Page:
German family firm to return Nazi-looted artwork to Jewish heirs
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German family firm to return Nazi-looted artwork to Jewish heirs

Hans Thoma painting to be given back to descendants of Albert and Hedwig Ullmann nearly 80 years after forcibly taken by Nazis

A family-run German baking goods company will return a painting to the heirs of a Jewish family that was forced to sell the artwork to escape Nazi Germany.

The return of the Hans Thoma painting to the heirs of Albert and Hedwig Ullmann by Dr. Oetker follows an investigation launched by the company in 2015 into the family’s art collection. The firm’s probe was searching for works that may have been stolen by or sold under duress to the Nazis before landing in the collection of company founder Rudolf-August Oetker.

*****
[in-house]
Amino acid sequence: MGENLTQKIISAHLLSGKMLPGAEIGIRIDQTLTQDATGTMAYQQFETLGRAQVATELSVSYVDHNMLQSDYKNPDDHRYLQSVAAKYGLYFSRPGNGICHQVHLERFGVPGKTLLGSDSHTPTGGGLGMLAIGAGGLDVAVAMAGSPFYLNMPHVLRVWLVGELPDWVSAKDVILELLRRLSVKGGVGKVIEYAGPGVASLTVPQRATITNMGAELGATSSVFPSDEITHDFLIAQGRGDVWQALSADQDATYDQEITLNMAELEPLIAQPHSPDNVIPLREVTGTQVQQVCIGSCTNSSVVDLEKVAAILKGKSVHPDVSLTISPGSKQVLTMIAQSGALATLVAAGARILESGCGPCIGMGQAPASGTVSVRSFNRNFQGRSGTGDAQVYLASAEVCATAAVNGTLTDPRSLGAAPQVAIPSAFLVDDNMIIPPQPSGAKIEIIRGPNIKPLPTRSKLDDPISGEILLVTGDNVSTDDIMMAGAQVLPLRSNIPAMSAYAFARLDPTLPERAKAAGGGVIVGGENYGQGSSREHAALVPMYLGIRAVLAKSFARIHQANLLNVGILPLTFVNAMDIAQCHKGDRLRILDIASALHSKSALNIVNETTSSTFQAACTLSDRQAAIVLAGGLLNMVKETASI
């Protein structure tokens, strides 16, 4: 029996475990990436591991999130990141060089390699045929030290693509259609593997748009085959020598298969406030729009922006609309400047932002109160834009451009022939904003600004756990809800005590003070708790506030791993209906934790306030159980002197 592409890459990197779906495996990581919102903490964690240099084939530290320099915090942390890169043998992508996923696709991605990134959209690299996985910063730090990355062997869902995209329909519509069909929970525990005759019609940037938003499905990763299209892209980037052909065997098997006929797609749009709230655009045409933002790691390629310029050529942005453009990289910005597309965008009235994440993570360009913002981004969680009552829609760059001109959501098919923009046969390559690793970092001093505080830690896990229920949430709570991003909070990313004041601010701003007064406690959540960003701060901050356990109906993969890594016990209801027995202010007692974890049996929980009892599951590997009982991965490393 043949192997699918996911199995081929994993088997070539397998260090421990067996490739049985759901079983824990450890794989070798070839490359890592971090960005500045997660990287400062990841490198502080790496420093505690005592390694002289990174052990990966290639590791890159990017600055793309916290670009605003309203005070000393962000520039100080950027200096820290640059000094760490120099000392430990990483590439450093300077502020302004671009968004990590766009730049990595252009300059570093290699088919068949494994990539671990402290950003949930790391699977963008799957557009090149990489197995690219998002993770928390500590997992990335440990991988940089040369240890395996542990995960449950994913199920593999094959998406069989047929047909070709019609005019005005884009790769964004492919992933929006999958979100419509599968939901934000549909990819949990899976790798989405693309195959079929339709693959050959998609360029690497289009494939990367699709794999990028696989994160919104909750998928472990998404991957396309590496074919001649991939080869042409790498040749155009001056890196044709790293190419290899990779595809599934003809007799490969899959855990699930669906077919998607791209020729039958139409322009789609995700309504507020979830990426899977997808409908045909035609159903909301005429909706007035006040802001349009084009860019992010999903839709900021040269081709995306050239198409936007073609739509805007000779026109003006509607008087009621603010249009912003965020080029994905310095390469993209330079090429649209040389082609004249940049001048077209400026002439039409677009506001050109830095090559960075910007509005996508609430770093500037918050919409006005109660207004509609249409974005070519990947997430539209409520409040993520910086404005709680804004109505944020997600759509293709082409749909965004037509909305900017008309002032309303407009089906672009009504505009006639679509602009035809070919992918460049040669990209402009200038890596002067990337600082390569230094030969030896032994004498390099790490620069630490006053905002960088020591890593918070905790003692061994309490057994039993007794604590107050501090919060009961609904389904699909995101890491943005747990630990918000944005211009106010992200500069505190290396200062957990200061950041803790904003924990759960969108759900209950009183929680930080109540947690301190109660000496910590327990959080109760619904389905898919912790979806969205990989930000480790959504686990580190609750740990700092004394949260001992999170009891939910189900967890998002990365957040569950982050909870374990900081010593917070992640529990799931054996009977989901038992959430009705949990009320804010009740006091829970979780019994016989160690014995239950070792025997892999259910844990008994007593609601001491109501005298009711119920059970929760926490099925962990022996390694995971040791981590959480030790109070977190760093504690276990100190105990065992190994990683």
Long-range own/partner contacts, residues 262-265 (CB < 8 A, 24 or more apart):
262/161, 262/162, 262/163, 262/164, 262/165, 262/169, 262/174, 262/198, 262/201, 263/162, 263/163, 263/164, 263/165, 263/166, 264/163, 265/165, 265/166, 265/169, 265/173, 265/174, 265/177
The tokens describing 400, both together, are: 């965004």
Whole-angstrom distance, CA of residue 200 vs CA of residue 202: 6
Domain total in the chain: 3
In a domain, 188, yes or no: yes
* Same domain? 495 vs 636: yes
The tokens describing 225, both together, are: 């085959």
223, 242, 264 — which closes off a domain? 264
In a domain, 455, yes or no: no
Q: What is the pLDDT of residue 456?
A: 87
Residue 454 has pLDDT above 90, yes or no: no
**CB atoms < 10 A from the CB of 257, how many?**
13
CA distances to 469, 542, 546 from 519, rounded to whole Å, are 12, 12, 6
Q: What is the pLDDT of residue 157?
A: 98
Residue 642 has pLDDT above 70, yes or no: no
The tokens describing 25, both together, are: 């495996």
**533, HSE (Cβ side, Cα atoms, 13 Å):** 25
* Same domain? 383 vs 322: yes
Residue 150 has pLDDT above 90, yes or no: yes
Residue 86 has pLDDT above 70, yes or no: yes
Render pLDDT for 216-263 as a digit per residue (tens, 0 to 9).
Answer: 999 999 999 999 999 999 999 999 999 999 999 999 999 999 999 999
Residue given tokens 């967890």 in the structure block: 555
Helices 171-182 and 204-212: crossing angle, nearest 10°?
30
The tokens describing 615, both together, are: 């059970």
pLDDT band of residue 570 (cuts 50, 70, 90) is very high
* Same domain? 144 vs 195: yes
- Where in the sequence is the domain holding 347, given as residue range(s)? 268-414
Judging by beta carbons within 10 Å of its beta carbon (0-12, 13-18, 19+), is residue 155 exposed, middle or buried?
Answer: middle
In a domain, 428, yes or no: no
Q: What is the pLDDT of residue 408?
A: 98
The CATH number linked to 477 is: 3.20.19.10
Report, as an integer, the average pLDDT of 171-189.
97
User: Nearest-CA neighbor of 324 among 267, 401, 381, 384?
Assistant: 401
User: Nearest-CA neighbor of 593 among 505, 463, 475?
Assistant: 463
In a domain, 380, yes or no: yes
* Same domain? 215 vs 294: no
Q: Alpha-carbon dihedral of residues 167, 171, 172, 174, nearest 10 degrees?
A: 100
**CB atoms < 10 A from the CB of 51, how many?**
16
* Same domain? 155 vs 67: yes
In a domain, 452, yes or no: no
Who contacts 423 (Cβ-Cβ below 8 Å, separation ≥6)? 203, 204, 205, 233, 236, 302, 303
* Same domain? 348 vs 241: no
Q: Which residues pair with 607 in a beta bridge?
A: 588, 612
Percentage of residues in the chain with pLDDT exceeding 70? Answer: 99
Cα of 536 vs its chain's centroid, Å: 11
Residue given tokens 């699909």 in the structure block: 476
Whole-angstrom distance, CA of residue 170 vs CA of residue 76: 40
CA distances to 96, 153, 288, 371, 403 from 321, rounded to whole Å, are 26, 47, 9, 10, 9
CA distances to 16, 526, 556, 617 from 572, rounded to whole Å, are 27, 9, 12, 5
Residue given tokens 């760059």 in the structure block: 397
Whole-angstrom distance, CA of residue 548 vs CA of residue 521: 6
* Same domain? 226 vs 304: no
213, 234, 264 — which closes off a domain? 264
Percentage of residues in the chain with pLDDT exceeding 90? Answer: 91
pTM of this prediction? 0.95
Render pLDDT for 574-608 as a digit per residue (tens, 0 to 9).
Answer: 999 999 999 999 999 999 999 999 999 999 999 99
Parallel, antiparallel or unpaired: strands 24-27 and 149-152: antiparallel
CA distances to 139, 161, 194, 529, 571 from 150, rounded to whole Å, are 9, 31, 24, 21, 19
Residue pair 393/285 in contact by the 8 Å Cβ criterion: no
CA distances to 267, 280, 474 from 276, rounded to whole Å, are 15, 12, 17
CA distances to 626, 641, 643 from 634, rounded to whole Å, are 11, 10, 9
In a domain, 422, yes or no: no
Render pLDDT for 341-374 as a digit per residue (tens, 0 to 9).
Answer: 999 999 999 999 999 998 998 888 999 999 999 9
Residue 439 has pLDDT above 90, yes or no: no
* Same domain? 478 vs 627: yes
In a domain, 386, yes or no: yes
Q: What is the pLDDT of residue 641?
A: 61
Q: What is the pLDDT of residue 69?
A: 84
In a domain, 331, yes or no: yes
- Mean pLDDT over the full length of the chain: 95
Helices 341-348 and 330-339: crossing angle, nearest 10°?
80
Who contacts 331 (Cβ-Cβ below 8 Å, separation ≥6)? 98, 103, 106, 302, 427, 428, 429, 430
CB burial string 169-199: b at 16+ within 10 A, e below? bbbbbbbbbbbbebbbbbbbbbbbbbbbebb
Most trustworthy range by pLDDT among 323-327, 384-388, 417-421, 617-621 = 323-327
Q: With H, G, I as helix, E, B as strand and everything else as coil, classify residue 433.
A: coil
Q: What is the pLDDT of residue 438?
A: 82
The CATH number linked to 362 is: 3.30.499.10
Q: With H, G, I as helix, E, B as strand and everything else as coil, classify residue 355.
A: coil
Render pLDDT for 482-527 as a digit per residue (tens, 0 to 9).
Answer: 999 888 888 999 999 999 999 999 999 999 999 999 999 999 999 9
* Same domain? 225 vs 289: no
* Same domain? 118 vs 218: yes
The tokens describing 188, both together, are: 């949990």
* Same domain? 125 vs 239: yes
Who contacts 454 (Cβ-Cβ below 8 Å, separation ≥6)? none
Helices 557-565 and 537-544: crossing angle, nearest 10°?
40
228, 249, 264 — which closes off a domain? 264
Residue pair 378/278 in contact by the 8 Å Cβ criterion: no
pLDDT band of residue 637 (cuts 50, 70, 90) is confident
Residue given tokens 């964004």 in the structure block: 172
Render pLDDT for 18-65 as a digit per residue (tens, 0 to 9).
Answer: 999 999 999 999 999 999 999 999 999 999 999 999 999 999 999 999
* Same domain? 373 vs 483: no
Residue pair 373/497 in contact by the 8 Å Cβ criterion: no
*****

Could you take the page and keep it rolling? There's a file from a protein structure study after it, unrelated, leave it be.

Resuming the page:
Company spokesman Joerg Schillinger told the German news media that other works are to be restituted.

According to German media reports, the Thoma work in question, “Springtime in the Mountains/Children’s Dance,” was sold with other works under duress in 1938 by the widowed Hedwig Ullmann before she fled Nazi Germany.

In 1954, it was purchased by the Oetker company founder at an auction. By the time Rudolf-August Oetker died in 2007 at 91, he reportedly had amassed a collection of several hundred paintings and objects.

The Ullmann heirs reportedly had no idea what had happened to the Thoma lithograph until they heard from the Oetker firm.

Their New York-based attorney, David Rowland, praised the private firm for doing the “right thing” and setting an “outstanding example.”

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